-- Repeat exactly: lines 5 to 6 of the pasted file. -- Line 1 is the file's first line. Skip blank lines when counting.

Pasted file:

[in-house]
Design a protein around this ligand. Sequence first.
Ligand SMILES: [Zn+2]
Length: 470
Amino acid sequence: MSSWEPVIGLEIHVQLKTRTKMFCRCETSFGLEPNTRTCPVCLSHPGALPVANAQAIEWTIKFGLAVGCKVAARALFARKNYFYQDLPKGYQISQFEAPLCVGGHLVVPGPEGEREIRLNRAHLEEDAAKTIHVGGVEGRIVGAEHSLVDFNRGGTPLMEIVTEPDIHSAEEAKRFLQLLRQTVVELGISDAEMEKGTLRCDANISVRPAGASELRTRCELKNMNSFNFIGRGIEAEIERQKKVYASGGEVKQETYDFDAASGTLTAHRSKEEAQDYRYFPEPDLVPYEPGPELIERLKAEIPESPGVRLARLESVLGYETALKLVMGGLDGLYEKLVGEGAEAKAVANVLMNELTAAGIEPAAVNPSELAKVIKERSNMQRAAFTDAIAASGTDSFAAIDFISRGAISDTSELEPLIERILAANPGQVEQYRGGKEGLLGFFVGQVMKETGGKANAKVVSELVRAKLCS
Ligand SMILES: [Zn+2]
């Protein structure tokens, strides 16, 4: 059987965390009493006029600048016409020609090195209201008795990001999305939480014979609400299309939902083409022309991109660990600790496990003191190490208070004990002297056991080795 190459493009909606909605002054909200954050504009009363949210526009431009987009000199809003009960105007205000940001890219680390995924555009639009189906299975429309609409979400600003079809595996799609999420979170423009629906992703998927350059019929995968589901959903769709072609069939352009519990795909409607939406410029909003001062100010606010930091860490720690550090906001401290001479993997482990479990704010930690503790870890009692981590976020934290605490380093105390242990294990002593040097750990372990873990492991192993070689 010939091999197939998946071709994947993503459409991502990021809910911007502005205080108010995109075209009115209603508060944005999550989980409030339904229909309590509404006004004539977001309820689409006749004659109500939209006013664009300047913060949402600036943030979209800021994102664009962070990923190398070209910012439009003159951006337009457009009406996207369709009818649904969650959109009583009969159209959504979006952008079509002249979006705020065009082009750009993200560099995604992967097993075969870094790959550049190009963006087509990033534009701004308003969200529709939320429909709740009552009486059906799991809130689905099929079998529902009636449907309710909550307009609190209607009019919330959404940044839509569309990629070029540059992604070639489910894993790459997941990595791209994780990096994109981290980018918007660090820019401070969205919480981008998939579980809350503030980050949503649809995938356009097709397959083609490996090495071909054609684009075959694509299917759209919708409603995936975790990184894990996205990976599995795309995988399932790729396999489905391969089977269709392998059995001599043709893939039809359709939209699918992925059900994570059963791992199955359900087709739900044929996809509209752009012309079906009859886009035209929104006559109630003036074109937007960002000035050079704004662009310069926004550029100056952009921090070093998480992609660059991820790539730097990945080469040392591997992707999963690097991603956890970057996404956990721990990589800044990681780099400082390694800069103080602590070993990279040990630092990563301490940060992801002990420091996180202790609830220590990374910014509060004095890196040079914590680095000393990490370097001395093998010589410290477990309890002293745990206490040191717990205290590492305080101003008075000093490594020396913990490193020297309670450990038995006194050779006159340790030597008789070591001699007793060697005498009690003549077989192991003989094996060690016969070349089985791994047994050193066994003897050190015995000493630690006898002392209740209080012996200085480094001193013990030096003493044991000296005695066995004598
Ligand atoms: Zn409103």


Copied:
Amino acid sequence: MSSWEPVIGLEIHVQLKTRTKMFCRCETSFGLEPNTRTCPVCLSHPGALPVANAQAIEWTIKFGLAVGCKVAARALFARKNYFYQDLPKGYQISQFEAPLCVGGHLVVPGPEGEREIRLNRAHLEEDAAKTIHVGGVEGRIVGAEHSLVDFNRGGTPLMEIVTEPDIHSAEEAKRFLQLLRQTVVELGISDAEMEKGTLRCDANISVRPAGASELRTRCELKNMNSFNFIGRGIEAEIERQKKVYASGGEVKQETYDFDAASGTLTAHRSKEEAQDYRYFPEPDLVPYEPGPELIERLKAEIPESPGVRLARLESVLGYETALKLVMGGLDGLYEKLVGEGAEAKAVANVLMNELTAAGIEPAAVNPSELAKVIKERSNMQRAAFTDAIAASGTDSFAAIDFISRGAISDTSELEPLIERILAANPGQVEQYRGGKEGLLGFFVGQVMKETGGKANAKVVSELVRAKLCS
Ligand SMILES: [Zn+2]